In July 1998, 120 countries, excluding the United States, voted to adopt the Rome Statute establishing the International Criminal Court (ICC). Article 7 of the Rome Statute presents clear language defining gender crimes including rape, sexual slavery, enforced prostitution, forced pregnancy, enforced sterilization, or any other form of sexual violence of comparable gravity, and crime of apartheid as crimes against humanity.
Under Article 7, the Taliban’s brutal gender apartheid rule, if still in existence once the court is established, would qualify as crimes against humanity and, therefore eligible to be tried before the ICC. Currently, 139 countries have signed the Rome Statute and 30 countries have ratified the Rome Statute of the International Criminal Court. The U.S. may join the ICC with the signature of the President of the U.S. on the Rome Treaty and with ratification of the Treaty by 2/3 of the Senate. On December 31, 2000, former President Clinton signed the Rome Statue. Senator Jesse Helms, chair of the Senate Foreign Relations Committee, has made defeating the ratification efforts for the Rome Treaty his top priority, and on May 9, 2001, Helms introduced the American Servicemembers’ Protection Act, which:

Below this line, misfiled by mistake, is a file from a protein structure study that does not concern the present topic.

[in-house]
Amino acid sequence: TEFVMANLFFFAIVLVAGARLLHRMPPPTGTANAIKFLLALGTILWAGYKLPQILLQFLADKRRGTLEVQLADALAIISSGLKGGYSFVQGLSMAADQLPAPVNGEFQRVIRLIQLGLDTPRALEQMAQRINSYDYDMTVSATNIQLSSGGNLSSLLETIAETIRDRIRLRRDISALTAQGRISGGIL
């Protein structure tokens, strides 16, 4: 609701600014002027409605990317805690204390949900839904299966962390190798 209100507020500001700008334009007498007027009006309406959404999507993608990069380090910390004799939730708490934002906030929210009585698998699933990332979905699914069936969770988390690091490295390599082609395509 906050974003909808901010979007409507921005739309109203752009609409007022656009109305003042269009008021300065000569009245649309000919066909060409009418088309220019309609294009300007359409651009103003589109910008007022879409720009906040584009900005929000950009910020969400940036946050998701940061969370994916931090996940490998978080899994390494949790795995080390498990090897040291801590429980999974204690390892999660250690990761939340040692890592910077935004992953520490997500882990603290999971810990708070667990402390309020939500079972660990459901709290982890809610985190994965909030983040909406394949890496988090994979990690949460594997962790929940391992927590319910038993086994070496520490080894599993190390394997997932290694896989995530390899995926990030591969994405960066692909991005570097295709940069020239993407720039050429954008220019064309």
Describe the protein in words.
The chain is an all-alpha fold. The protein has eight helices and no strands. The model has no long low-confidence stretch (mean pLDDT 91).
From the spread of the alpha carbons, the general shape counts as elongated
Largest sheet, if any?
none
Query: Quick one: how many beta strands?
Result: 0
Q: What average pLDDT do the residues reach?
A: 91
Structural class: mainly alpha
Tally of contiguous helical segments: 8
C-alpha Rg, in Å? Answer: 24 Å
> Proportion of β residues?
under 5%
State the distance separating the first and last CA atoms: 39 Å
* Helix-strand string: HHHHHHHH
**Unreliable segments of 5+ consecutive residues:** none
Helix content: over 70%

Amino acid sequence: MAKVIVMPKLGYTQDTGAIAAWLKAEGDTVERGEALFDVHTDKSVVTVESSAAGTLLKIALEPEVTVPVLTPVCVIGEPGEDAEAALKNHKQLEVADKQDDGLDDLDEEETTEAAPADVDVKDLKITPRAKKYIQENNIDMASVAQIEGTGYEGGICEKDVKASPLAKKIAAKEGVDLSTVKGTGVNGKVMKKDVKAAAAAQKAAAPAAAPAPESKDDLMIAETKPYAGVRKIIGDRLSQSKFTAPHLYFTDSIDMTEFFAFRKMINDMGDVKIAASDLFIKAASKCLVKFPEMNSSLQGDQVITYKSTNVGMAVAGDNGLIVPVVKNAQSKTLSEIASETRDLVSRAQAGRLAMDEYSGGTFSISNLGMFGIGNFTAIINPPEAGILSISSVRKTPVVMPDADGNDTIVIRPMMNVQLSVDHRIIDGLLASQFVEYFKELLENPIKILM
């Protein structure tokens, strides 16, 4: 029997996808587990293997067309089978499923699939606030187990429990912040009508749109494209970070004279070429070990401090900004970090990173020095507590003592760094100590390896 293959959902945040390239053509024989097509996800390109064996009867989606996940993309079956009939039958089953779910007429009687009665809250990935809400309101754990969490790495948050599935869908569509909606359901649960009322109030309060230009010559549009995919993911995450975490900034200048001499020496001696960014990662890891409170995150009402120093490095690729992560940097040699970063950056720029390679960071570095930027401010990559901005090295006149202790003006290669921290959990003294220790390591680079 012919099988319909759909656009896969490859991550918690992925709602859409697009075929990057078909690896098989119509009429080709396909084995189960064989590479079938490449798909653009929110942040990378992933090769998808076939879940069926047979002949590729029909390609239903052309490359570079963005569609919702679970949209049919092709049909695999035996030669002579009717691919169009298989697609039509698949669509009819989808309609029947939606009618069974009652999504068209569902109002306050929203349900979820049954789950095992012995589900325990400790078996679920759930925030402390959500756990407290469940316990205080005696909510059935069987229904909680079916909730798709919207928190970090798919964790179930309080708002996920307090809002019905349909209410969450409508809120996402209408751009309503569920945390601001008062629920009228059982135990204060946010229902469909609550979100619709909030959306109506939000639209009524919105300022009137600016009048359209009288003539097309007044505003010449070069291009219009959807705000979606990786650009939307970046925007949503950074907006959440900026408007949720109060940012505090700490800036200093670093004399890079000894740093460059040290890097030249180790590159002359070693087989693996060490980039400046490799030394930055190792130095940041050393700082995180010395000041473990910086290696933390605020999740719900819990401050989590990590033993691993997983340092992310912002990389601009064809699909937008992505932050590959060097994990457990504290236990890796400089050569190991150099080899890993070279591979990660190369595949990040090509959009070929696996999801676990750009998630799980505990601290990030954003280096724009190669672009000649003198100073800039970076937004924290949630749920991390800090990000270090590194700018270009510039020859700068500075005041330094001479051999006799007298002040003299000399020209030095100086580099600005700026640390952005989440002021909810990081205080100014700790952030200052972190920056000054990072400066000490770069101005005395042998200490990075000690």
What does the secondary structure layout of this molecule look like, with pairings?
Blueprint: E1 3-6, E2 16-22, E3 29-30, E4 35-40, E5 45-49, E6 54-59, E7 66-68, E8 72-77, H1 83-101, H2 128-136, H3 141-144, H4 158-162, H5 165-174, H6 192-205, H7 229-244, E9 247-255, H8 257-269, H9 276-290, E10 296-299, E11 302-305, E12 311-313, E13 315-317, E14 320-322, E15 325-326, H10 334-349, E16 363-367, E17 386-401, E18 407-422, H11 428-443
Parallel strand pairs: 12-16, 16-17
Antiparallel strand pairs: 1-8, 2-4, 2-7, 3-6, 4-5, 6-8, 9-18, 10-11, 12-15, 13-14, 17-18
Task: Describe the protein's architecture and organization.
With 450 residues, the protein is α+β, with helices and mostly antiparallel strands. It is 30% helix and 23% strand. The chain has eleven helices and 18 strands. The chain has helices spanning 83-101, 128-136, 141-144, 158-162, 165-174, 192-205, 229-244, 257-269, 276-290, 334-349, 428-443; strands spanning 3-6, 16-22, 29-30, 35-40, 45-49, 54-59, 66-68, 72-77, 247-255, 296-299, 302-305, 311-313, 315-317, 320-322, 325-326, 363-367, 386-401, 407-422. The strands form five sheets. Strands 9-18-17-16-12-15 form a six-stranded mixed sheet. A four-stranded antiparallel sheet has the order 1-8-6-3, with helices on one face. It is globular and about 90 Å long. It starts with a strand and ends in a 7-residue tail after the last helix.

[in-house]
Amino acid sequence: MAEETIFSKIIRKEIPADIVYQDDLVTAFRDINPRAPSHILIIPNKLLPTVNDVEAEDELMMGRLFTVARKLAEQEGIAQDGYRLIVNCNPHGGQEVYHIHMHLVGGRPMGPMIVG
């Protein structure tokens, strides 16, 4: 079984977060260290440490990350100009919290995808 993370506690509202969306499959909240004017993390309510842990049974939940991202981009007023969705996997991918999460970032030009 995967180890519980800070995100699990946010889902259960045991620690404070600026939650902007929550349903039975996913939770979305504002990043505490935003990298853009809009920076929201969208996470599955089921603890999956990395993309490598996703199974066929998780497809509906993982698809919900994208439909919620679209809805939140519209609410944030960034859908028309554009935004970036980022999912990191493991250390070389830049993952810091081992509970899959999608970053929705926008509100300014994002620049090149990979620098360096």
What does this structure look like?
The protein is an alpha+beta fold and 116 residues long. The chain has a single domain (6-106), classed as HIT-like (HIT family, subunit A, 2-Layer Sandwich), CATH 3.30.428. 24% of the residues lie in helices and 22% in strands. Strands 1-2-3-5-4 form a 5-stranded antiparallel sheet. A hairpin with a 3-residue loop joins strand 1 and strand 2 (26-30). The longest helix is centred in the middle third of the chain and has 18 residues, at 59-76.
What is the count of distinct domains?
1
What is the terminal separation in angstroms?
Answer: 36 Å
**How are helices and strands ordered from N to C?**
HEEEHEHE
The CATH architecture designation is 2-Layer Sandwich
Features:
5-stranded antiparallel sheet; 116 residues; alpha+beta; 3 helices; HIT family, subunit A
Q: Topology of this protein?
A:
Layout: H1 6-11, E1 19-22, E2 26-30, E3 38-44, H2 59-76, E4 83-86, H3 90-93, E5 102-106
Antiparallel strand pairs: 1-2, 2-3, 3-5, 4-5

-prohibits the U.S. government, state and local governments, including courts, to assist, cooperate, support the ICC or respond to requests for cooperation from the ICC to help prosecute war criminals;
-severely restricts the transfer of information to the ICC to help prosecute war criminals; á penalizes any country that is a party to the ICC by providing no U.S. military assistance;
-and limits U.S. participation in peacekeeping missions or any military operation to maintain or restore international peace and security. On May 10, 2001, by a vote of 282-137, the American Servicemembers’ Protection Act (ASPA) passed in the House; next week the Senate will vote on the measure. The American Servicemembers’ Protection Act sends the wrong message to those responsible for genocide and crimes against humanity that the U.S., the world’s superpower, opposes a court for international justice.